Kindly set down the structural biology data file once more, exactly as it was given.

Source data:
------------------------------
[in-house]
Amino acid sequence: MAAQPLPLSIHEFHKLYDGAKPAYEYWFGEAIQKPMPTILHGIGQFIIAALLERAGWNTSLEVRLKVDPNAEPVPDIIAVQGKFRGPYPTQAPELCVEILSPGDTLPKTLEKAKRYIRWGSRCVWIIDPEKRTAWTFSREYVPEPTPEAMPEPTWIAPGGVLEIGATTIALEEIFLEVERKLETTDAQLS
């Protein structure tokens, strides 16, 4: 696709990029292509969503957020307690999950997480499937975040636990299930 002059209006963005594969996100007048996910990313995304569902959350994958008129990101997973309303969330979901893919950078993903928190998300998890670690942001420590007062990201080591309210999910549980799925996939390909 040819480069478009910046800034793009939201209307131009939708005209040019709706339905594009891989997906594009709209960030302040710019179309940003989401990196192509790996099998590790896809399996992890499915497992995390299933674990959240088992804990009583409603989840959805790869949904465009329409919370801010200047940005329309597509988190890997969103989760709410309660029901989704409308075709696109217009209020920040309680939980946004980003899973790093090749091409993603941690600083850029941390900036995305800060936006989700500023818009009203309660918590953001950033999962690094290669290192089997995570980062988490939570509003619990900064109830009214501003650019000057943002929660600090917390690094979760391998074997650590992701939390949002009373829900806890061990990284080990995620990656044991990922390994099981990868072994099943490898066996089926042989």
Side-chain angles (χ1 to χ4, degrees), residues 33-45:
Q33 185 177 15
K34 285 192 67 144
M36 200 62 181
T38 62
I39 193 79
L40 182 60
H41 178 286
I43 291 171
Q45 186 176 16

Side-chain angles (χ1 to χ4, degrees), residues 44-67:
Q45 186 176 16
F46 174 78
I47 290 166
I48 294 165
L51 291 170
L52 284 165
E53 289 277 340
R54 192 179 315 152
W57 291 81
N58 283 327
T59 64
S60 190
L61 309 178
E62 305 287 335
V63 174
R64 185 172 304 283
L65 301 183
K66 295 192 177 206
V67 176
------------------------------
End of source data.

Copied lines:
[in-house]
Amino acid sequence: MAAQPLPLSIHEFHKLYDGAKPAYEYWFGEAIQKPMPTILHGIGQFIIAALLERAGWNTSLEVRLKVDPNAEPVPDIIAVQGKFRGPYPTQAPELCVEILSPGDTLPKTLEKAKRYIRWGSRCVWIIDPEKRTAWTFSREYVPEPTPEAMPEPTWIAPGGVLEIGATTIALEEIFLEVERKLETTDAQLS
């Protein structure tokens, strides 16, 4: 696709990029292509969503957020307690999950997480499937975040636990299930 002059209006963005594969996100007048996910990313995304569902959350994958008129990101997973309303969330979901893919950078993903928190998300998890670690942001420590007062990201080591309210999910549980799925996939390909 040819480069478009910046800034793009939201209307131009939708005209040019709706339905594009891989997906594009709209960030302040710019179309940003989401990196192509790996099998590790896809399996992890499915497992995390299933674990959240088992804990009583409603989840959805790869949904465009329409919370801010200047940005329309597509988190890997969103989760709410309660029901989704409308075709696109217009209020920040309680939980946004980003899973790093090749091409993603941690600083850029941390900036995305800060936006989700500023818009009203309660918590953001950033999962690094290669290192089997995570980062988490939570509003619990900064109830009214501003650019000057943002929660600090917390690094979760391998074997650590992701939390949002009373829900806890061990990284080990995620990656044991990922390994099981990868072994099943490898066996089926042989």
Side-chain angles (χ1 to χ4, degrees), residues 33-45:
Q33 185 177 15
K34 285 192 67 144
M36 200 62 181
T38 62
I39 193 79
L40 182 60
H41 178 286
I43 291 171
Q45 186 176 16

Side-chain angles (χ1 to χ4, degrees), residues 44-67:
Q45 186 176 16
F46 174 78
I47 290 166
I48 294 165
L51 291 170
L52 284 165
E53 289 277 340
R54 192 179 315 152
W57 291 81
N58 283 327
T59 64
S60 190
L61 309 178
E62 305 287 335
V63 174
R64 185 172 304 283
L65 301 183
K66 295 192 177 206
V67 176